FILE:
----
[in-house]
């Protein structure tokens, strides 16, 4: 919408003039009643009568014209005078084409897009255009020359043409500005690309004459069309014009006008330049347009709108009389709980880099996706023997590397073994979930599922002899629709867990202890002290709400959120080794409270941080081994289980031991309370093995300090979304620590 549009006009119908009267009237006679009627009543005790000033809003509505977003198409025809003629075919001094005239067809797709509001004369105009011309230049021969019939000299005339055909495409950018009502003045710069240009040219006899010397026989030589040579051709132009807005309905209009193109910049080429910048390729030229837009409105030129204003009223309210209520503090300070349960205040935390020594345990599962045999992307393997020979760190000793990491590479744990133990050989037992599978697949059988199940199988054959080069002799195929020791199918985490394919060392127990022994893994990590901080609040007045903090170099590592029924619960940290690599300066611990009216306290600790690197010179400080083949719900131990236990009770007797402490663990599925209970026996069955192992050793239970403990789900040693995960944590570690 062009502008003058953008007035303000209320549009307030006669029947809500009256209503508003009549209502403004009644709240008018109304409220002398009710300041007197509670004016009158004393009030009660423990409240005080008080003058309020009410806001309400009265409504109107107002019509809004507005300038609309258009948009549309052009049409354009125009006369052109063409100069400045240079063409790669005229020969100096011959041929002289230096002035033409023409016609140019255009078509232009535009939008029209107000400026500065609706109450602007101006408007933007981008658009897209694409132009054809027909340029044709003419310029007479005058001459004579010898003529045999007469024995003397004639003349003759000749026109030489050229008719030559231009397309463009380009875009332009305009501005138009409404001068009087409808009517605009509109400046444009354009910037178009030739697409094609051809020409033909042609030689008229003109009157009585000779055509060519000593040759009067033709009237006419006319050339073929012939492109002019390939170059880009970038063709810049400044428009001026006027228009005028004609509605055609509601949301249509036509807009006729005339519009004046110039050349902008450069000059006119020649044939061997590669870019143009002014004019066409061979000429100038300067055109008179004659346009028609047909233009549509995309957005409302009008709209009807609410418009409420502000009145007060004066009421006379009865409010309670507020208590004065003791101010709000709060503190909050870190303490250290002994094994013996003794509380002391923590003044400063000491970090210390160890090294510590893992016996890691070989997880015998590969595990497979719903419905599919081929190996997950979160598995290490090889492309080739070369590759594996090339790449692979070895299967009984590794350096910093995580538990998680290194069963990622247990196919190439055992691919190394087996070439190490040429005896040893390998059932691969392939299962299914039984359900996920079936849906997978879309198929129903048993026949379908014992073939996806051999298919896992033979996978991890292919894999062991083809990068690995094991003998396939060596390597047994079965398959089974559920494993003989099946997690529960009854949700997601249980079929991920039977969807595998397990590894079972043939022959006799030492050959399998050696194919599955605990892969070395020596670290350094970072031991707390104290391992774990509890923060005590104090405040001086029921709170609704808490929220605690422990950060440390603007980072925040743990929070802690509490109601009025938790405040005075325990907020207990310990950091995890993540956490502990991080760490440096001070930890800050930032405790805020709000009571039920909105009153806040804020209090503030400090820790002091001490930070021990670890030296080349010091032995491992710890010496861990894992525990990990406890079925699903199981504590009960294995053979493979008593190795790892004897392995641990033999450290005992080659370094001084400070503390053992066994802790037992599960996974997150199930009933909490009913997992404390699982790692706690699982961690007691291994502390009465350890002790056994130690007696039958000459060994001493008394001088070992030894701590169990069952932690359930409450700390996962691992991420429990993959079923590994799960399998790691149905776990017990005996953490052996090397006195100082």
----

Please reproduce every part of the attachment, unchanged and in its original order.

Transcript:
[in-house]
């Protein structure tokens, strides 16, 4: 919408003039009643009568014209005078084409897009255009020359043409500005690309004459069309014009006008330049347009709108009389709980880099996706023997590397073994979930599922002899629709867990202890002290709400959120080794409270941080081994289980031991309370093995300090979304620590 549009006009119908009267009237006679009627009543005790000033809003509505977003198409025809003629075919001094005239067809797709509001004369105009011309230049021969019939000299005339055909495409950018009502003045710069240009040219006899010397026989030589040579051709132009807005309905209009193109910049080429910048390729030229837009409105030129204003009223309210209520503090300070349960205040935390020594345990599962045999992307393997020979760190000793990491590479744990133990050989037992599978697949059988199940199988054959080069002799195929020791199918985490394919060392127990022994893994990590901080609040007045903090170099590592029924619960940290690599300066611990009216306290600790690197010179400080083949719900131990236990009770007797402490663990599925209970026996069955192992050793239970403990789900040693995960944590570690 062009502008003058953008007035303000209320549009307030006669029947809500009256209503508003009549209502403004009644709240008018109304409220002398009710300041007197509670004016009158004393009030009660423990409240005080008080003058309020009410806001309400009265409504109107107002019509809004507005300038609309258009948009549309052009049409354009125009006369052109063409100069400045240079063409790669005229020969100096011959041929002289230096002035033409023409016609140019255009078509232009535009939008029209107000400026500065609706109450602007101006408007933007981008658009897209694409132009054809027909340029044709003419310029007479005058001459004579010898003529045999007469024995003397004639003349003759000749026109030489050229008719030559231009397309463009380009875009332009305009501005138009409404001068009087409808009517605009509109400046444009354009910037178009030739697409094609051809020409033909042609030689008229003109009157009585000779055509060519000593040759009067033709009237006419006319050339073929012939492109002019390939170059880009970038063709810049400044428009001026006027228009005028004609509605055609509601949301249509036509807009006729005339519009004046110039050349902008450069000059006119020649044939061997590669870019143009002014004019066409061979000429100038300067055109008179004659346009028609047909233009549509995309957005409302009008709209009807609410418009409420502000009145007060004066009421006379009865409010309670507020208590004065003791101010709000709060503190909050870190303490250290002994094994013996003794509380002391923590003044400063000491970090210390160890090294510590893992016996890691070989997880015998590969595990497979719903419905599919081929190996997950979160598995290490090889492309080739070369590759594996090339790449692979070895299967009984590794350096910093995580538990998680290194069963990622247990196919190439055992691919190394087996070439190490040429005896040893390998059932691969392939299962299914039984359900996920079936849906997978879309198929129903048993026949379908014992073939996806051999298919896992033979996978991890292919894999062991083809990068690995094991003998396939060596390597047994079965398959089974559920494993003989099946997690529960009854949700997601249980079929991920039977969807595998397990590894079972043939022959006799030492050959399998050696194919599955605990892969070395020596670290350094970072031991707390104290391992774990509890923060005590104090405040001086029921709170609704808490929220605690422990950060440390603007980072925040743990929070802690509490109601009025938790405040005075325990907020207990310990950091995890993540956490502990991080760490440096001070930890800050930032405790805020709000009571039920909105009153806040804020209090503030400090820790002091001490930070021990670890030296080349010091032995491992710890010496861990894992525990990990406890079925699903199981504590009960294995053979493979008593190795790892004897392995641990033999450290005992080659370094001084400070503390053992066994802790037992599960996974997150199930009933909490009913997992404390699982790692706690699982961690007691291994502390009465350890002790056994130690007696039958000459060994001493008394001088070992030894701590169990069952932690359930409450700390996962691992991420429990993959079923590994799960399998790691149905776990017990005996953490052996090397006195100082």